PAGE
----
User talk:

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Hello, and welcome to Wikipedia! Thank you for your contributions. I hope you like the place and decide to stay. Here are some pages you might like to see:

You are welcome to continue editing articles without logging in, but many editors recommend that you create an account. Doing so is free, requires no personal information, and provides several benefits such as the ability to create articles. For a full outline and explanation of the benefits that come with creating an account, please see this page. If you edit without a username, your IP address ( is used to identify you instead.

In any case, I hope you enjoy editing here and being a Wikipedian! Please sign your comments on talk pages using four tildes (~~~~); this will automatically produce your IP address (or username if you're logged in) and the date. If you need help, check out Wikipedia:Questions, ask me on my talk page, or ask your question and then place {{helpme}} before the question on this page. Again, welcome! (talk) 12:13, 23 January 2011 (UTC)


Hi, you can find many images available to use on Wikipedia already uploaded by other contributors on Wikimedia Commons. The best way of uploading your own image or video is to go to Commons:Upload and follow the instructions. Uploaded files must be public domain or creative commons with attribution, see the upload page for links to detailed explanations of what these terms mean. Once uploaded to Commons, images can be shown in Wikipedia and any of the sister projects in the normal way (see Wikipedia:Picture tutorial).

Additional points to note...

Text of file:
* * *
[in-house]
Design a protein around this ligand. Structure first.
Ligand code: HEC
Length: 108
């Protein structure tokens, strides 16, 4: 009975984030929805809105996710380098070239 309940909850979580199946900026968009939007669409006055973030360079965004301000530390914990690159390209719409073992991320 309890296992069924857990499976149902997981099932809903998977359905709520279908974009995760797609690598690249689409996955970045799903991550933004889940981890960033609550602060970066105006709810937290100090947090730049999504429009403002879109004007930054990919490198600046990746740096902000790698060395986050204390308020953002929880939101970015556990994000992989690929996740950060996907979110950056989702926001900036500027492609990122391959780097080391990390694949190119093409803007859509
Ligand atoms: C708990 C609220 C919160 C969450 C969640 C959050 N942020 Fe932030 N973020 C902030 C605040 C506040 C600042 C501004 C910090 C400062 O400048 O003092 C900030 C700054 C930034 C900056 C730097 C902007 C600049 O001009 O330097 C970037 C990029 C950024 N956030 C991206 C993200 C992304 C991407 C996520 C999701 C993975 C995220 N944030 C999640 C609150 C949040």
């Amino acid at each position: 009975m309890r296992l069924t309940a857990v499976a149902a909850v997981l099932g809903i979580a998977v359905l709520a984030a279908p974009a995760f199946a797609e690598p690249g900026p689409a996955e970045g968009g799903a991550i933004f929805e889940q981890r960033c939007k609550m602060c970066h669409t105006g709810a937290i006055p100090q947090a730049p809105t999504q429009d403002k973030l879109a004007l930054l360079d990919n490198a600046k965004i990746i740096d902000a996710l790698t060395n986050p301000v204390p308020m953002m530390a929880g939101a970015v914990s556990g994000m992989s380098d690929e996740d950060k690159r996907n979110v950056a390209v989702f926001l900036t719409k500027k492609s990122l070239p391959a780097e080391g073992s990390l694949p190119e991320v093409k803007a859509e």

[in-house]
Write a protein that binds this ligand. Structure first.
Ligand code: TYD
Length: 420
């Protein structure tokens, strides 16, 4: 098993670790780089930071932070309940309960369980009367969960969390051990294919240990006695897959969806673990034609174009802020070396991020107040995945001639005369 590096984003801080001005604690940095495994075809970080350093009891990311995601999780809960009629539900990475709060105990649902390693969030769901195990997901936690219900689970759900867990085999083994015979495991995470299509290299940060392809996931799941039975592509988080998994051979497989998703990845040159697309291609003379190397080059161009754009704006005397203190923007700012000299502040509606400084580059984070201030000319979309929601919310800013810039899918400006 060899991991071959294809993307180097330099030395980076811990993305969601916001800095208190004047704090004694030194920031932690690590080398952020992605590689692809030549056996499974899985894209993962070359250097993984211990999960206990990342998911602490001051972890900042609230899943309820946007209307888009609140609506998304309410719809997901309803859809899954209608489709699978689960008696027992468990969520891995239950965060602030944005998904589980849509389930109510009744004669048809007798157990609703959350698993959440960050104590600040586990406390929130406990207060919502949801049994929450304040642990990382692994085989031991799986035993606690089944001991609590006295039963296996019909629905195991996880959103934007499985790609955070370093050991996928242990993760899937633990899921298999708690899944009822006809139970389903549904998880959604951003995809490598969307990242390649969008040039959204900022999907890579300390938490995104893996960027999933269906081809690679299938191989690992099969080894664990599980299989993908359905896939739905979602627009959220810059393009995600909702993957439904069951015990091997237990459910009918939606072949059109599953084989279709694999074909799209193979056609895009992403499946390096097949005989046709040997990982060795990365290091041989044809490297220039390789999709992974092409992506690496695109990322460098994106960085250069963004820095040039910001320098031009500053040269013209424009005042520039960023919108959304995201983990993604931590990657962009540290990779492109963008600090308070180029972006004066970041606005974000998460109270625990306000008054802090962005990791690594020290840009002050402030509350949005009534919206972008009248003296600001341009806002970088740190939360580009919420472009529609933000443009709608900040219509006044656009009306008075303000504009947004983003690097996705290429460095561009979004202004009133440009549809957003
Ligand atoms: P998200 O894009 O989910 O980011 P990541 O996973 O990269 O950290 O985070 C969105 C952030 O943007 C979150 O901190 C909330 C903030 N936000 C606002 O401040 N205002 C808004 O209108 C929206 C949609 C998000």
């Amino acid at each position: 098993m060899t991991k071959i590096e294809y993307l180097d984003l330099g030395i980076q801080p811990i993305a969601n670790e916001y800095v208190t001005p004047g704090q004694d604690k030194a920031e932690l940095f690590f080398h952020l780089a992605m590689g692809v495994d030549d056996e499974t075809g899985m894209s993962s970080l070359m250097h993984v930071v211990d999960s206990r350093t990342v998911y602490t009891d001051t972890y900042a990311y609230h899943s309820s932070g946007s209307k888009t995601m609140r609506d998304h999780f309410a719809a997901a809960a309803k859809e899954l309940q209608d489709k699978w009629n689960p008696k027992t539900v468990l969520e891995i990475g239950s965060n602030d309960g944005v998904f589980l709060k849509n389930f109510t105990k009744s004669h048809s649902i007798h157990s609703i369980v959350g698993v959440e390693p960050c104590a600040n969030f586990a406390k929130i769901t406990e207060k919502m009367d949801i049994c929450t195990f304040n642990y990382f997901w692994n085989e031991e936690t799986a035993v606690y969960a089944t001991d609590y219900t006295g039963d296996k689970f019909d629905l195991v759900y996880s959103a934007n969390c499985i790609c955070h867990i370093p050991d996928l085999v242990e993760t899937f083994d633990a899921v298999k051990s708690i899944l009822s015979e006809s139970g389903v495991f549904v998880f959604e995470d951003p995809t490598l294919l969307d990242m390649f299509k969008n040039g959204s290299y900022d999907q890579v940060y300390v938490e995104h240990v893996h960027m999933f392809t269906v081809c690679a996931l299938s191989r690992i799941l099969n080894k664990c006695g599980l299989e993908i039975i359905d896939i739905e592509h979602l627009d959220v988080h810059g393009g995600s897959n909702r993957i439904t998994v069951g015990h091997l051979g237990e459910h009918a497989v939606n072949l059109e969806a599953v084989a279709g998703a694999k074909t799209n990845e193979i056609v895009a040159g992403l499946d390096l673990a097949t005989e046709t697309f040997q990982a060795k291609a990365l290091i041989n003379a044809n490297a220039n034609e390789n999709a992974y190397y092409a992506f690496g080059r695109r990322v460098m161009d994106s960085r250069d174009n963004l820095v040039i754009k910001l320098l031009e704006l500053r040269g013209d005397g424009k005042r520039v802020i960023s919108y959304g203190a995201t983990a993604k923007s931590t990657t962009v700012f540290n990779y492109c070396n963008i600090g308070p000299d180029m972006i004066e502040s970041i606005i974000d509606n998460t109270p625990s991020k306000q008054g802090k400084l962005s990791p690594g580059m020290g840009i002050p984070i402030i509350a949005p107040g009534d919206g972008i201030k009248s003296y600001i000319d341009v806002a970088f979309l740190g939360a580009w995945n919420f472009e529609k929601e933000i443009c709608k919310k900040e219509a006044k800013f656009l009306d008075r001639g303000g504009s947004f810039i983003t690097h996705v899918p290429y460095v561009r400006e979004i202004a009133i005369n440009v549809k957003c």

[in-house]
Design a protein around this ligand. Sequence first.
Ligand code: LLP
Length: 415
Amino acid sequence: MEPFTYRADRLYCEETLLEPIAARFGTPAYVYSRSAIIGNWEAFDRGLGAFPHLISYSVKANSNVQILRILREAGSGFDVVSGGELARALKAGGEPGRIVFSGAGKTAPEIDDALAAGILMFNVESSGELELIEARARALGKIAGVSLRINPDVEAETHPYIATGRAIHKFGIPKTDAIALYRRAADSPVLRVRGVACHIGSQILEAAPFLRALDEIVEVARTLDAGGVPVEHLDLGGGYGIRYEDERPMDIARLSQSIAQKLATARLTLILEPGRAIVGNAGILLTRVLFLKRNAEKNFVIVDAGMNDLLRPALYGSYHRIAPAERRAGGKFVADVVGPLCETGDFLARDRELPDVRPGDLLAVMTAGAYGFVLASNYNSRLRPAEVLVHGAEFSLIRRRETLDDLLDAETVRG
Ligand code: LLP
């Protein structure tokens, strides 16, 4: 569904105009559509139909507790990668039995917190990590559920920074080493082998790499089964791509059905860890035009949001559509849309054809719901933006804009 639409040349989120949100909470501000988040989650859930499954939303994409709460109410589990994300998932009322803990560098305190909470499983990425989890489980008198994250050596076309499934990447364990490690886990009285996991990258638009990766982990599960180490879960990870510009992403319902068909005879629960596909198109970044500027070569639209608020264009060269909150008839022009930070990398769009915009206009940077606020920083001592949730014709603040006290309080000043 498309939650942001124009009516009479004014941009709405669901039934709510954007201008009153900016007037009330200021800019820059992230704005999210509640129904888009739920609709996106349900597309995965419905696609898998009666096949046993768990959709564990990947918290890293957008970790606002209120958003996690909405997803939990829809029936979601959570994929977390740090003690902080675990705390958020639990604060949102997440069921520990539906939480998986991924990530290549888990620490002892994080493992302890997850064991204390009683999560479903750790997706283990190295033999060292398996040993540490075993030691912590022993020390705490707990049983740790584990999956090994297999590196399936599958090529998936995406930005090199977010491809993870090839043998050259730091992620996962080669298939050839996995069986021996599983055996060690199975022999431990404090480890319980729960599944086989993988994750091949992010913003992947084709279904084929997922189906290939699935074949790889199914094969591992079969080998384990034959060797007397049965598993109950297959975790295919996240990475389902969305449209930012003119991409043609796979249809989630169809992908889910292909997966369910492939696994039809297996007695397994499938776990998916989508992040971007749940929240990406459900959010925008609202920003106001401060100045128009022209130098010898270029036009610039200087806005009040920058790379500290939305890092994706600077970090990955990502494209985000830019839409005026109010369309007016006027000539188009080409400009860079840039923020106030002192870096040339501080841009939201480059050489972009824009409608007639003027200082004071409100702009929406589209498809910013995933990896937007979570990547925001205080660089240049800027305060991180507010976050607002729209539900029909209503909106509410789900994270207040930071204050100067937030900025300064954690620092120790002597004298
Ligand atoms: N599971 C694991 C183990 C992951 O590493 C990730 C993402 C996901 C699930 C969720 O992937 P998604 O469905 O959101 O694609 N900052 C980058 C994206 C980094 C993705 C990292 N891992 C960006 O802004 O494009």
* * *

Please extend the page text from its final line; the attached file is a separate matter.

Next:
1. Logging in - you have to have an account on Commons, this may have already been created under the same name and password as your Wikipedia account, see Special:MergeAccount.
  2. Copyright - if the copyright of the photo is owned by someone else and there is no existing free license to reference (for example on their website), then you need to follow the Commons:OTRS process and confidentially supply an email from the copyright holder. If you think your photo is public domain but want to check the rules that apply then see WP:RFCA and List of countries' copyright length.
  3. Email a photo - see Wikipedia:Contact us/Photo submission. You should note that there may be a long backlog and your email may take days or weeks before getting processed. If you seem technically able, you may get a polite request to do it yourself as this is a low priority for the OTRS volunteers.
  4. EXIF data - image data may be automatically added by the camera or by your photo processing applications. This will be visible after upload so make sure you are happy that the make of camera, when/where it was taken etc. will be consistent with your upload information.
  5. Image verification - the photo can be checked using TinEye after upload, so if it appears on websites which claim 'All rights reserved' or similar then it may get marked for deletion.

A simple standard guide is at Help:Files. If you need more help on getting a suitable photo in the first place, you may find Finding images tutorial helpful. Thanks, (talk) 12:13, 23 January 2011 (UTC)